Emdebian Baked[ Preparing packages for Baked ] [ How would Baked work? ] [ Using Grip for Baked ]
Pre-configured non-upgradable systems
Packages built or processed for Baked contain no maintainer scripts or other configuration scripts from Debian, just the runtime configuration support of the package itself. Baked is about making systems that do not need to be upgraded except by reinstalling the baked root filesystem - in effect, the system is like a cake - what is baked cannot be "unbaked".
Emdebian Baked is intended for situations where you know, in advance, the precise configuration of the packages and do not want the packages trampling all over the configuration. (Packages that make changes at runtime would be up to you to handle.)
Emdebian Baked is an advanced system configuration - it will break lots and lots of assumptions and would mean that your Emdebian installation is "Upstream+Debian patches". As such, there would be no need to consider installing dpkg or apt into the system - pre-seeding would be roughly equivalent to pre-baked.
The configuration is largely unchangeable without reinstalling a new root filesystem. Thereagain, without dpkg installed (and presumably with the dpkg emulation of busybox also disabled), this would be the expectation. Install once and run - if it turns out to be broken, reinstall an updated rootfs. The device would simply not support runtime configuration of the underlying system - it wouldn't even necessarily support runtime modification of the underlying system, just the frontend that you design and implement yourself.
Emdebian Baked, gives us:
- Beginners and those needing an upgradable Debian system: Grip
- Intermediate users needing it smaller but still upgradable: Crush
- Advanced users needing non-upgradable versions of Grip or Crush: Baked.
How would Baked work?
Do It Yourself.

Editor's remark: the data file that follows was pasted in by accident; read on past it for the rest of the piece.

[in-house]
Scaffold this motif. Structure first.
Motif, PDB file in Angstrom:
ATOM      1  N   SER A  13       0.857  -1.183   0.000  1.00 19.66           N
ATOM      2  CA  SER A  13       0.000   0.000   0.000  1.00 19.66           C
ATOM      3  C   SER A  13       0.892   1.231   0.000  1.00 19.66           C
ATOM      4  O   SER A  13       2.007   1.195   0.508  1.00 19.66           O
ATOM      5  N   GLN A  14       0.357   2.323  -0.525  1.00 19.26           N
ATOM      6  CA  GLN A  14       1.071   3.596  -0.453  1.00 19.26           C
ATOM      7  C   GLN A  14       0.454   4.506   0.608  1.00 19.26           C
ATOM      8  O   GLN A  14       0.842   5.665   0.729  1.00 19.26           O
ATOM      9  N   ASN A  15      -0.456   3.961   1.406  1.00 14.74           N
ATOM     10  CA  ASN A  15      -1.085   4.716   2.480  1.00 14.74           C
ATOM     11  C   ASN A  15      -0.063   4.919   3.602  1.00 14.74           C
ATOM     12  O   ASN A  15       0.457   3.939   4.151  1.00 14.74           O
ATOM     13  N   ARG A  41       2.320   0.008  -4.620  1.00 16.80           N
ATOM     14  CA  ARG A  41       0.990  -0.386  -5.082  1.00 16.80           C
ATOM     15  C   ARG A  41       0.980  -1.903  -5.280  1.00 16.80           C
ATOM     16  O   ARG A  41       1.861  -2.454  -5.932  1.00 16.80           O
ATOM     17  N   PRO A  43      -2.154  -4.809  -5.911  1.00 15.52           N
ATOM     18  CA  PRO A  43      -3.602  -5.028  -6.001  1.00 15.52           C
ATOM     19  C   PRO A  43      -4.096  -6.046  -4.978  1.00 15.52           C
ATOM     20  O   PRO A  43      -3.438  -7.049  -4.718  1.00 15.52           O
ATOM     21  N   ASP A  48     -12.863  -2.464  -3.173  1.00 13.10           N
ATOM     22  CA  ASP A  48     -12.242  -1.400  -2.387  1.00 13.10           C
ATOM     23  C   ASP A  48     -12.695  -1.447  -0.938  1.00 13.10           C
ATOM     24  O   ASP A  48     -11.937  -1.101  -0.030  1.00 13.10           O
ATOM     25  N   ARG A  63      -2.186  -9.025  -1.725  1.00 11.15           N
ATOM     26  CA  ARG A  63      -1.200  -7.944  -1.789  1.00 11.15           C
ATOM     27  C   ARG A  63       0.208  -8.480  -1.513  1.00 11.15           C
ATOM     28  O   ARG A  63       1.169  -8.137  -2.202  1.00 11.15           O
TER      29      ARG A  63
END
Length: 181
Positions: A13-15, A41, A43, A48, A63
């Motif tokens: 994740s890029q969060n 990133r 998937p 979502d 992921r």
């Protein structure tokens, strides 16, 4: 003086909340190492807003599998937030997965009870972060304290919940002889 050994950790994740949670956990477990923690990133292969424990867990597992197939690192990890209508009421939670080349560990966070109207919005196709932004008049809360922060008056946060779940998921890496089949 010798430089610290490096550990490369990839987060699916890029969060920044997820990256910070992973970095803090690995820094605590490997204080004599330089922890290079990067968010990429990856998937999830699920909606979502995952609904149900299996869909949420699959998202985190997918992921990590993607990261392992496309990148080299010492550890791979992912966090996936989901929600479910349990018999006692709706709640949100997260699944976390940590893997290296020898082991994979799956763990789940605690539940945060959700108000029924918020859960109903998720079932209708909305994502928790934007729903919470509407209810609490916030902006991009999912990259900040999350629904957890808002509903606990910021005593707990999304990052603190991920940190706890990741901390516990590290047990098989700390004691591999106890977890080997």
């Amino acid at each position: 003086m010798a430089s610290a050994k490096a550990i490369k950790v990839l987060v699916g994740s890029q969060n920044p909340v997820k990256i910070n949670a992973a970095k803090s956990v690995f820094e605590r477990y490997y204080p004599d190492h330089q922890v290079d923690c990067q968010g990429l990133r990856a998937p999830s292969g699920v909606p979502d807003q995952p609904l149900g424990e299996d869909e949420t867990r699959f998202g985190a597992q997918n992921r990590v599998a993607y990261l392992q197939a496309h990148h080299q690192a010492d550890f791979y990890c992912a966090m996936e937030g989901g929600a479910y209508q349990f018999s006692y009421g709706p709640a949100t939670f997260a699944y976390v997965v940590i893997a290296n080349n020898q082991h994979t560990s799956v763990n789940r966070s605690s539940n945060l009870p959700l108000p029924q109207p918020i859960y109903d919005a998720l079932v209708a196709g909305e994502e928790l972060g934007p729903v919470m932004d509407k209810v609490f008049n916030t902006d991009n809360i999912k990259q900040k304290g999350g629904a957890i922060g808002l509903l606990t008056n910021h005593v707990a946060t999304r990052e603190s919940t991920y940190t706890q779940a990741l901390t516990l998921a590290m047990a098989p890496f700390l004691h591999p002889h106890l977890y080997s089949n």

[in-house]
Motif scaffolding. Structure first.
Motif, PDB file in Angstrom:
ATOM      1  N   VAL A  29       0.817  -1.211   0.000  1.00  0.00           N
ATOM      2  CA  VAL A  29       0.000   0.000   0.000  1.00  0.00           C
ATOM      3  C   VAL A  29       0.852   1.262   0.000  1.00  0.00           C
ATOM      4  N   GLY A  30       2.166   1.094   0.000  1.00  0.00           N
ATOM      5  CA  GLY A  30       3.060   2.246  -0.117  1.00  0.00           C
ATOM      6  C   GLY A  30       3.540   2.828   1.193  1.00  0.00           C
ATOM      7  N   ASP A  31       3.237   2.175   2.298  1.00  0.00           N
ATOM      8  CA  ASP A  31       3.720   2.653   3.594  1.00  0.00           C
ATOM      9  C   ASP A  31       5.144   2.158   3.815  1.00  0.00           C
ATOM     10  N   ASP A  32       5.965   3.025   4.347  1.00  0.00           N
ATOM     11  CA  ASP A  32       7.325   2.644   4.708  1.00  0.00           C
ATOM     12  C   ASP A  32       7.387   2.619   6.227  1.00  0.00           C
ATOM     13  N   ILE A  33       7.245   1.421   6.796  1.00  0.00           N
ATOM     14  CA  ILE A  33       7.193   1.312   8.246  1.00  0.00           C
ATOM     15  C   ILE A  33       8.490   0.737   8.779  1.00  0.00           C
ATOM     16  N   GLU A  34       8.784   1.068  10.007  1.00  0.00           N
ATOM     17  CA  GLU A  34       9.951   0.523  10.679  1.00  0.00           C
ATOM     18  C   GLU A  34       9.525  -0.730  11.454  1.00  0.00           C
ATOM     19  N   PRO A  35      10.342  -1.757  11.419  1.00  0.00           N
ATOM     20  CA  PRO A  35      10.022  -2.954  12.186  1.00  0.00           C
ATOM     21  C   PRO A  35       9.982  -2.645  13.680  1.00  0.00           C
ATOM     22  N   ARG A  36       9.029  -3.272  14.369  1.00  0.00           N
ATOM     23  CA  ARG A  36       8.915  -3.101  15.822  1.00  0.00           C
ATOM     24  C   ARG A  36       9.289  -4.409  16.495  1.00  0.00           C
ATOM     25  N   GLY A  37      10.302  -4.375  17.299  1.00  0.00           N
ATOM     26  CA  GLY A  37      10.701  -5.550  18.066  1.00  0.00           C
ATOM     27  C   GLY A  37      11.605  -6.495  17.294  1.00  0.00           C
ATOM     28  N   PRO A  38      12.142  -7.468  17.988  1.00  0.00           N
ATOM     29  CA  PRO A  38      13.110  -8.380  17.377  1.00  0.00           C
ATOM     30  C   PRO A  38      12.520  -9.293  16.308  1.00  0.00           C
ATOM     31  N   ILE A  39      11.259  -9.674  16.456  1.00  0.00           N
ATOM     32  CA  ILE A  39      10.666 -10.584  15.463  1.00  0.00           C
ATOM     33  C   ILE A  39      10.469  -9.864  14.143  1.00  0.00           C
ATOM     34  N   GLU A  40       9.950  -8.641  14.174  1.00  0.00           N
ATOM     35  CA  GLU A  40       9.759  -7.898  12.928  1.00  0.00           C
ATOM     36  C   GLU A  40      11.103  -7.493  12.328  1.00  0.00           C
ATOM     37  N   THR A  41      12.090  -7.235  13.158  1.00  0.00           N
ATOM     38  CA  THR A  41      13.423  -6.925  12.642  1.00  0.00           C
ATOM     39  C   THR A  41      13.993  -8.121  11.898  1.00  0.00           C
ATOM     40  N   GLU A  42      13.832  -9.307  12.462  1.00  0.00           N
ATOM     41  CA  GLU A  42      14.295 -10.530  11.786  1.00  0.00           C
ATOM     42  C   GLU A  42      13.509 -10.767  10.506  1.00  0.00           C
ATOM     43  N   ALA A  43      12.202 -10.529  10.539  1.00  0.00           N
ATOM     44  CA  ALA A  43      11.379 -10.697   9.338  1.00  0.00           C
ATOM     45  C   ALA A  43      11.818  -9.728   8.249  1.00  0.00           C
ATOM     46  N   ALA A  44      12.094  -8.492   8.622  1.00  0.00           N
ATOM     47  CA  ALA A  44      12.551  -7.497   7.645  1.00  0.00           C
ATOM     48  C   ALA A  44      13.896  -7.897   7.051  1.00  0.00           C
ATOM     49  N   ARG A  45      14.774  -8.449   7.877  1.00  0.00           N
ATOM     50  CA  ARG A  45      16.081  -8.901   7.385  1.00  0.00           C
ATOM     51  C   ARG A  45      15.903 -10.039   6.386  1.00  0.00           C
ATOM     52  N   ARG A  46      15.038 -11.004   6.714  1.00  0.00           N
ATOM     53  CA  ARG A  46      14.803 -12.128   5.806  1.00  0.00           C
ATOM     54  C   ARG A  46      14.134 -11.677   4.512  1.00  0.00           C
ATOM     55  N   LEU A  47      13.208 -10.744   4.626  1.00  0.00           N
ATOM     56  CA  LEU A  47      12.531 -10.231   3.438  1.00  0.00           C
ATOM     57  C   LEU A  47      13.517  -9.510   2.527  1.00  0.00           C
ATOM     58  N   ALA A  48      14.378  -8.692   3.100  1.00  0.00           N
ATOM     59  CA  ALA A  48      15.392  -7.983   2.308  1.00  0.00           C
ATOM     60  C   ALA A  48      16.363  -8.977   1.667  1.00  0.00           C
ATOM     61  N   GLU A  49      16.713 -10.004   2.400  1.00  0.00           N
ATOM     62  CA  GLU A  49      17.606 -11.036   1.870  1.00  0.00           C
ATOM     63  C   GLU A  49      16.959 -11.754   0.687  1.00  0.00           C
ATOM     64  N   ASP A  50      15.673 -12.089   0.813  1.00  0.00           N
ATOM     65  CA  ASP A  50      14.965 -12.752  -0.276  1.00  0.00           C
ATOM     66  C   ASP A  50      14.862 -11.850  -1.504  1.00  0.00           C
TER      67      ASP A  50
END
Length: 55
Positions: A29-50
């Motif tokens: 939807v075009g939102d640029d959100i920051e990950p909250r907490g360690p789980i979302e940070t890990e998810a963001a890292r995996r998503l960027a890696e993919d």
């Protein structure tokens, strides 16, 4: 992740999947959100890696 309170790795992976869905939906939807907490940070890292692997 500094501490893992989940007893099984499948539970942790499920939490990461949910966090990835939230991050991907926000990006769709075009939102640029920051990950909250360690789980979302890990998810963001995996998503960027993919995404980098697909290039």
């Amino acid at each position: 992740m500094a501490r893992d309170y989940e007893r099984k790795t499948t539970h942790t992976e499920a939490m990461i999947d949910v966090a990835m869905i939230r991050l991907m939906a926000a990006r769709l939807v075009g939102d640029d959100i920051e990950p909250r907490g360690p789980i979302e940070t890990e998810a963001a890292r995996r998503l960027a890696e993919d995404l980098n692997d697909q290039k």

The "usebaked" support is available using emgrip to add all the removals carried out by "usegrip" and "usecrush" as well as the complete and irrevocable removal of all maintainer scripts no matter what. debconf questions, preinst, postinst, postrm, prerm, all are removed. It's a full use-at-your-own-risk statically-configured variant.
In addition, apt-grip has been extended to support processing packages from Debian for Baked. This is the model for Grip Baked. See Building Baked for more information.
If things break in Baked, you will need to fix it yourself.
Packages would be prepared in an entirely normal way. If you still want glibc, use unchanged packages from Grip and then "re-grip" using a wrapper that calls emgrip with the extra option. If you want uclibc or some other variant, use the Crush methods to prepare a new package from the Debian sources, build it entirely normally and then post-process it with a similar wrapper. If you need packages from outside Grip, apt-grip will be able to call emgrip using the same options.
e.g. busybox-crush is a full-fat busybox configuration that tries to be compatible with most of Debian. busybox-baked could be much smaller with all the long-options support turned off and various other tweaks to make the final busybox binary smaller. (IIRC busybox-crush is about 500kb.)
Emdebian will provide only a few packages directly to support experimentation - at this level of configuration, there really isn't a sensible default set of packages that Emdebian can provide.
Users of Emdebian Baked would be expected to run their own local repositories of baked packages.
The expectation would then be that multistrap would work with such local repositories to impose the relevant configuration using device table files, pre-configured files to go into /etc/ and various other steps.
One extra step for Baked would be that your final multistrap hook would forcibly remove the dpkg and apt package files as well as the /var/lib/dpkg/ contents. Multistrap won't be able to do this for you (neither will debootstrap) because apt cannot be persuaded not to install itself. Removals can be configured to move the relevant files outside the root filesystem for later use, leaving the system theoretically setup with dpkg but without dpkg or dpkg status files. This would gain several Mb of free space which could be advantageous for such a system.
Baked is set just by providing the relevant file in /etc/dpkg/origins and setting the DEB_VENDOR environment variable when processing the packages with emgrip.
Emdebian Baked might not be able to support a large number of packages per system - typical expectations are one or maybe two dozen packages at most, including the kernel.
As with other Emdebian variants, although the emphasis is on reducing absolute package size, devices where space is not an issue will still benefit from this approach by selecting those packages from Debian that have sufficiently low resource expectations and mixing those into the package set.
Note that statically configured is not necessarily the same as statically linked. Baked still uses shared libraries, unless packages are rebuilt as static and then processed for Baked.
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